There is not a single dull moment on this album, each song is a five to six minute fight to the death, even the interlude minute of the albums calm after and before the storm “Pausa” is eerily disquieting with distortion and frosty guitar notes. My favorite portion of the album came after “Pausa,”  the titular song of the album is a bilingual beatdown, even if you don’t speak Spanish, the words before the breakdown send shivers down your spine. Then the breakdown just rips the spine out, but hey you could’ve been listening to Hootie if that isn’t your thing.

The real stand out of the album is the 12 minute closer “El Vacio”, a lot slower in contrast to the other six songs of the album, but a deal more ominous than all the songs you just got through. With an intro anointed with chilling guitar notes and Rebolledo’s smooth vocals giving imprecations like sleepy time tea.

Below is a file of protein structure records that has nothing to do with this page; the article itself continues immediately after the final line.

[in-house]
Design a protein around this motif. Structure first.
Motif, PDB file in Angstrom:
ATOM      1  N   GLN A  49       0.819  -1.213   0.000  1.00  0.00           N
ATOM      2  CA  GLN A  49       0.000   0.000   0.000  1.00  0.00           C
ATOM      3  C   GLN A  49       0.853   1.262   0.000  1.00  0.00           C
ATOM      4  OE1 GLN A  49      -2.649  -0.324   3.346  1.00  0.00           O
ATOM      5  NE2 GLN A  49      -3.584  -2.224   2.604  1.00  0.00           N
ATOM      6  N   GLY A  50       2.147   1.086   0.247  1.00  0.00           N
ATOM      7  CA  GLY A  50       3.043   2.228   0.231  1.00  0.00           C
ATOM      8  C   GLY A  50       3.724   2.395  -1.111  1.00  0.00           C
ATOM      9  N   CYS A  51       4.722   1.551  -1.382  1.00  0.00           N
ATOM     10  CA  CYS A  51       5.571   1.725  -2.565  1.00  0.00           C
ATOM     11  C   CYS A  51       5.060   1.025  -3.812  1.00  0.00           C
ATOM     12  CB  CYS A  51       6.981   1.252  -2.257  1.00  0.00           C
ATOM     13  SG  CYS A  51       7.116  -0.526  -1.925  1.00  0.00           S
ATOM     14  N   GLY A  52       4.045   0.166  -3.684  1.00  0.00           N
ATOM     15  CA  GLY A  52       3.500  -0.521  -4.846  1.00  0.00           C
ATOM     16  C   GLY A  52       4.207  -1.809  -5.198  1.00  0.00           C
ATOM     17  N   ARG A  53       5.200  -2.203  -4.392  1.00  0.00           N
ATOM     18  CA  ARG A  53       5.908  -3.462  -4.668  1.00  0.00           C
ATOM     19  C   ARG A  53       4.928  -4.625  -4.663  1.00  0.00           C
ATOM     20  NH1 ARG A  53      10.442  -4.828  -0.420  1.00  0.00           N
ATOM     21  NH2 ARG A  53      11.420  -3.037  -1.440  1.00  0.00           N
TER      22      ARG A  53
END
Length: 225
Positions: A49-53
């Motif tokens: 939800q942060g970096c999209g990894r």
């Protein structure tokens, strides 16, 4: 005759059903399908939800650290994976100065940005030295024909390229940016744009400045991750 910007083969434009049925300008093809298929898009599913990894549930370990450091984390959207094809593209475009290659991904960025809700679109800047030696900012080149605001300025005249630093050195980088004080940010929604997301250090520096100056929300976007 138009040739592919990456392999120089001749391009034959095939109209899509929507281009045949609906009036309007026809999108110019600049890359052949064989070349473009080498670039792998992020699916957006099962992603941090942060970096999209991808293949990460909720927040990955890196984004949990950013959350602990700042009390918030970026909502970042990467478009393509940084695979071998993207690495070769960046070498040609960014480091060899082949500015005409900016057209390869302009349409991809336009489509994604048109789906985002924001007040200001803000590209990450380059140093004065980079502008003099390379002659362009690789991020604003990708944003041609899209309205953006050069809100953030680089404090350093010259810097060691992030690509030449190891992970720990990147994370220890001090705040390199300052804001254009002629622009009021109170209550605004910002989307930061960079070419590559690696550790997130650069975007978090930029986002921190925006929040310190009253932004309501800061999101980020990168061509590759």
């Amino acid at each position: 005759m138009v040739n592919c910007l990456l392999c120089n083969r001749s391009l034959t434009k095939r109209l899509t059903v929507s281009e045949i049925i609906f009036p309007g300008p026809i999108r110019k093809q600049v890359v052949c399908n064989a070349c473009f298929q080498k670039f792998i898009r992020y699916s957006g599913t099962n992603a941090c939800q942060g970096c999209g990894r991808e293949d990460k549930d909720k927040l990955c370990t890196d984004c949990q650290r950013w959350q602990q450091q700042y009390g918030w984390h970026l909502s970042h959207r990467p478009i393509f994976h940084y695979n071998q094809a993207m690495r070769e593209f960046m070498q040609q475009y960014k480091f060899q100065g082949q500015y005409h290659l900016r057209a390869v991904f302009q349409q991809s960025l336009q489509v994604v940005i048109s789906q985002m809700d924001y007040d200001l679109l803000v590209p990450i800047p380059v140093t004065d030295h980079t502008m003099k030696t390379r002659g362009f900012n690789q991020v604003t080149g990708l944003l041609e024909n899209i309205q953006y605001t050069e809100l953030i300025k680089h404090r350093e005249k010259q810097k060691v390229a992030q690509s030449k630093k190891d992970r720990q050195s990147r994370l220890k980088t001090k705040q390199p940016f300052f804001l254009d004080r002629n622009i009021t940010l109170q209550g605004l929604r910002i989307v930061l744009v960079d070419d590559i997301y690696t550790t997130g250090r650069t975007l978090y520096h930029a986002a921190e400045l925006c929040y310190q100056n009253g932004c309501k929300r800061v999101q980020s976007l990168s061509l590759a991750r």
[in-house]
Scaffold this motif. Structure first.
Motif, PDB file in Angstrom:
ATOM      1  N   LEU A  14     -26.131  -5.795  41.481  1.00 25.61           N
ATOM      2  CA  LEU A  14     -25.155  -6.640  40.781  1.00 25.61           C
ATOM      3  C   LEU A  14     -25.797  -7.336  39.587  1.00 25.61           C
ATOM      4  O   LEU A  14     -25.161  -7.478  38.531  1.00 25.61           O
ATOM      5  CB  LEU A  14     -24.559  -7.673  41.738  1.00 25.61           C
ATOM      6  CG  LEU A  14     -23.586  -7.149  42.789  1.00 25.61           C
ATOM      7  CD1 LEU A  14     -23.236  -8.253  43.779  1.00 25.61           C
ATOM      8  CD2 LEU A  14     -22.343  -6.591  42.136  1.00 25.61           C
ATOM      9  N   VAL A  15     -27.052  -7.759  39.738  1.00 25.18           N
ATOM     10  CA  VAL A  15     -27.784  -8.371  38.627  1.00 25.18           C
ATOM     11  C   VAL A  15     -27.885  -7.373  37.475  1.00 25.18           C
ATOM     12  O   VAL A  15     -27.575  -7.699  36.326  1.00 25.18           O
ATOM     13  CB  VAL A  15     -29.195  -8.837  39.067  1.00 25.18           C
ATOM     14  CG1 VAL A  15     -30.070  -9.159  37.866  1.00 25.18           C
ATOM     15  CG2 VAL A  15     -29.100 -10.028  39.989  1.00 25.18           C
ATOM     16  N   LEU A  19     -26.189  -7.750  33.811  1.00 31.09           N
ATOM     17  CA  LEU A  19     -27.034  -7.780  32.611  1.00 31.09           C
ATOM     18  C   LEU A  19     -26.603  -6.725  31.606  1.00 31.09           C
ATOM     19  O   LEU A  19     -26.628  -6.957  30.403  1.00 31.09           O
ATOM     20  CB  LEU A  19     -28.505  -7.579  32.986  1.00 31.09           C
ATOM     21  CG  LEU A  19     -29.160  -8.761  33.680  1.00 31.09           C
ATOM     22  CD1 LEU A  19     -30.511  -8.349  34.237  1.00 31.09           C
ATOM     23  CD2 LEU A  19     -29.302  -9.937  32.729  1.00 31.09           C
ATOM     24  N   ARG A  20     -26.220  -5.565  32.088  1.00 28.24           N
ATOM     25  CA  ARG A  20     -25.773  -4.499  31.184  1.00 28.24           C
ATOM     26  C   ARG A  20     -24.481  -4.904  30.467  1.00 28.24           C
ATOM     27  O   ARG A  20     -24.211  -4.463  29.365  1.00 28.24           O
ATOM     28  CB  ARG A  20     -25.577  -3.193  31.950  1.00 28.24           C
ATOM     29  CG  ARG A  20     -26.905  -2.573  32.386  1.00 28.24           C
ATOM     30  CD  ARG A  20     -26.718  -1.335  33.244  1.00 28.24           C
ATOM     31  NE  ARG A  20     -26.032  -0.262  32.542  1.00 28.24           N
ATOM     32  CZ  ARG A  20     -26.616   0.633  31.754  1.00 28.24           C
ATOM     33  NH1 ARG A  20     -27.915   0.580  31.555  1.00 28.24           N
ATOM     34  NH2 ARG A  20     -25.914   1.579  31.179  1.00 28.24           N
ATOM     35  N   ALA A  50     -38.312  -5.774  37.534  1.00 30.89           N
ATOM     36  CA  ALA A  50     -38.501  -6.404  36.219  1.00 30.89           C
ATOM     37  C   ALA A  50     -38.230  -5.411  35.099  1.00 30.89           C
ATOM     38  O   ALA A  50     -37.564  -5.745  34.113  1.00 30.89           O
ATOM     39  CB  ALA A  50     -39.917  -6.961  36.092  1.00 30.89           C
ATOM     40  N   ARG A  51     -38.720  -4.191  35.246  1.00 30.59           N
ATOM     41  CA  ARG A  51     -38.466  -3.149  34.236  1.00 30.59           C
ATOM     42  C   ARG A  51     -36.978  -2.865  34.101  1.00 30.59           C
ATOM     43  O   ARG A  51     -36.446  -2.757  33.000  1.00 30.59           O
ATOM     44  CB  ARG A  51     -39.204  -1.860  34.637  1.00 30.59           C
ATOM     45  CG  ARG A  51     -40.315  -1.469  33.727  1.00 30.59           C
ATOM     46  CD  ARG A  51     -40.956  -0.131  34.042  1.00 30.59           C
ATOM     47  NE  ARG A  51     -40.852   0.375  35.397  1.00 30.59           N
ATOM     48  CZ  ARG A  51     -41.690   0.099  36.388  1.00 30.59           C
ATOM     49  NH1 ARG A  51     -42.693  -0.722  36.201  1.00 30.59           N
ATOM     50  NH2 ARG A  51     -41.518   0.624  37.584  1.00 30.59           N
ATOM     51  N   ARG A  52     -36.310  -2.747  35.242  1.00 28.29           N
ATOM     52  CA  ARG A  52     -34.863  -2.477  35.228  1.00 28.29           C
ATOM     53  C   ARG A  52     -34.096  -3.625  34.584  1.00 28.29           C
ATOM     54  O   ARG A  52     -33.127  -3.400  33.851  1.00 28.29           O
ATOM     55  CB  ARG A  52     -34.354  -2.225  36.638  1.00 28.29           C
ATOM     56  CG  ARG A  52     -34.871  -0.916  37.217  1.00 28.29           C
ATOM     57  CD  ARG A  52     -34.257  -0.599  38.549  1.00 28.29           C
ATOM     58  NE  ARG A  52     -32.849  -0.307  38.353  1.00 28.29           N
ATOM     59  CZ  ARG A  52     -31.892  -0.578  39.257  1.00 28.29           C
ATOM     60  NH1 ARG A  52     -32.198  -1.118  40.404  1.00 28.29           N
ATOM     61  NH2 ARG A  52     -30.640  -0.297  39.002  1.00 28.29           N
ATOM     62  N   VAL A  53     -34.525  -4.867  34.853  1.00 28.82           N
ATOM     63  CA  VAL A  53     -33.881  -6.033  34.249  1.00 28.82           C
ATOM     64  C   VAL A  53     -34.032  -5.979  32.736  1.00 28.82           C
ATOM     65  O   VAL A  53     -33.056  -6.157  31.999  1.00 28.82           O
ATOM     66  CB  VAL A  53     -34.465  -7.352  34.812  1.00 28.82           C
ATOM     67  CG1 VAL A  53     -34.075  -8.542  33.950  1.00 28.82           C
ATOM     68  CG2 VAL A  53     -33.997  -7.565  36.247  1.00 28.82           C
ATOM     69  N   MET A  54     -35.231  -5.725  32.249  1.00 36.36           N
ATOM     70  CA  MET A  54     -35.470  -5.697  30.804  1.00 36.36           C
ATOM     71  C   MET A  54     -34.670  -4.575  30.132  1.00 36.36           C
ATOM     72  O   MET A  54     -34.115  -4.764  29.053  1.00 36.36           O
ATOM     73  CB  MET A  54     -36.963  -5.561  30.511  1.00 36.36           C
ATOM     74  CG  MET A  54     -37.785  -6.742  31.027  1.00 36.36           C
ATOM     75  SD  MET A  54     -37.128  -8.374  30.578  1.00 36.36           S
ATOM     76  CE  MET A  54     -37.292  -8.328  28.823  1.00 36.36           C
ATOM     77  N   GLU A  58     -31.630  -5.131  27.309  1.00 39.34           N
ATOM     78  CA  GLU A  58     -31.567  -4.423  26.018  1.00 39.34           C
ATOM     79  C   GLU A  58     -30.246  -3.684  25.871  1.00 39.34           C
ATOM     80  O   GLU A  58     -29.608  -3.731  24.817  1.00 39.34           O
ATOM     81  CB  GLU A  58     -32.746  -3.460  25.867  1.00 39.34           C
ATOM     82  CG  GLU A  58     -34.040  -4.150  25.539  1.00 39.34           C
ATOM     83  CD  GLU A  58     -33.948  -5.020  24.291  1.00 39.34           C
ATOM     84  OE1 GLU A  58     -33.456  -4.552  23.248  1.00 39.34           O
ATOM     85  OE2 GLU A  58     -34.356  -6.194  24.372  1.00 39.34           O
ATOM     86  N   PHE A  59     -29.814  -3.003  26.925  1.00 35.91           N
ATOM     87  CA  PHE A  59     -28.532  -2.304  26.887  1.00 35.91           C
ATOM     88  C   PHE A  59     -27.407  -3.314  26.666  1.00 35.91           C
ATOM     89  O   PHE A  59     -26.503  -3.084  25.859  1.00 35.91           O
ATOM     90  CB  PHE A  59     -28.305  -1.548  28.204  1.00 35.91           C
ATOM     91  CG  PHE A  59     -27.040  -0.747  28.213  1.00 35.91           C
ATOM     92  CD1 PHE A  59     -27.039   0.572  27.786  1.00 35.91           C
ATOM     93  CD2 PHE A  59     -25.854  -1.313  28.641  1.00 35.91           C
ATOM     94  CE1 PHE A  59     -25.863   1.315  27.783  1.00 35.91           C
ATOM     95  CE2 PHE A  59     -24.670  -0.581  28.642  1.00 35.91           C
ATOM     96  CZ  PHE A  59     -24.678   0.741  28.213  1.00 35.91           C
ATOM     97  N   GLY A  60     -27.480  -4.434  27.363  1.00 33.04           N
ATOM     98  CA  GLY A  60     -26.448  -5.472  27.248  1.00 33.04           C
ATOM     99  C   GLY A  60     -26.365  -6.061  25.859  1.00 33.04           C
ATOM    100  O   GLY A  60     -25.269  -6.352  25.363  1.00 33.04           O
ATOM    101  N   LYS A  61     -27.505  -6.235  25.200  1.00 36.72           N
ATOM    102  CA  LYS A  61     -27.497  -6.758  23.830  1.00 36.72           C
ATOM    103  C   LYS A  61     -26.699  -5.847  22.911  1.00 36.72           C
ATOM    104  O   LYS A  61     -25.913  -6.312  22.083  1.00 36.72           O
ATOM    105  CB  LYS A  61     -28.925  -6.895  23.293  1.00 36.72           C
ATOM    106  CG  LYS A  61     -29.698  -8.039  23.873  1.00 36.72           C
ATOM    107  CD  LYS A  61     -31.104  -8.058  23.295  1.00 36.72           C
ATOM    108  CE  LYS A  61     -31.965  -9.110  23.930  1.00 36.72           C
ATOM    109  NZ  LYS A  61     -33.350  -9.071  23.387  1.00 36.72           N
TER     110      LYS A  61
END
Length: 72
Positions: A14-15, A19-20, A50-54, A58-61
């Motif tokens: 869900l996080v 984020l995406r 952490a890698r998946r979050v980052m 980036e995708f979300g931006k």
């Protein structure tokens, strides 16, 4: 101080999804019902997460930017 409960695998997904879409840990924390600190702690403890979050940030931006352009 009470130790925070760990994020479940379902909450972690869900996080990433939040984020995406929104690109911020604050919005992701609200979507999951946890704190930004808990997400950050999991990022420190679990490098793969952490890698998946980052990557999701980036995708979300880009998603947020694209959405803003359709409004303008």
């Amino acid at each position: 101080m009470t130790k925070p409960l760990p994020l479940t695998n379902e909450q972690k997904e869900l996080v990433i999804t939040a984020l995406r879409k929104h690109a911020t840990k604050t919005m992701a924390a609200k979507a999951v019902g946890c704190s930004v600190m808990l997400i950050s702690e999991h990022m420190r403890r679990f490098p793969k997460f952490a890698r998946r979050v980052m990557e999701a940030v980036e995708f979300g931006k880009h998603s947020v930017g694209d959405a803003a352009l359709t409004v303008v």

Then comes a burst of Sludgy chaos smothered with some of gnarliest low notes Rebolledo and his crew can muster. It returns to calm with haunting ease, yet the calm does not last long before the banging cymbal crashes and guitar stabs commence again meaner this time around. “El Vacio” at it’s beautiful end fades into dueling solo guitars with a bed of fuzz behind them catching up, as if they are at the song’s precipice ready to fall. This song is a great metal epic that hypnotizes and slaughters all at once.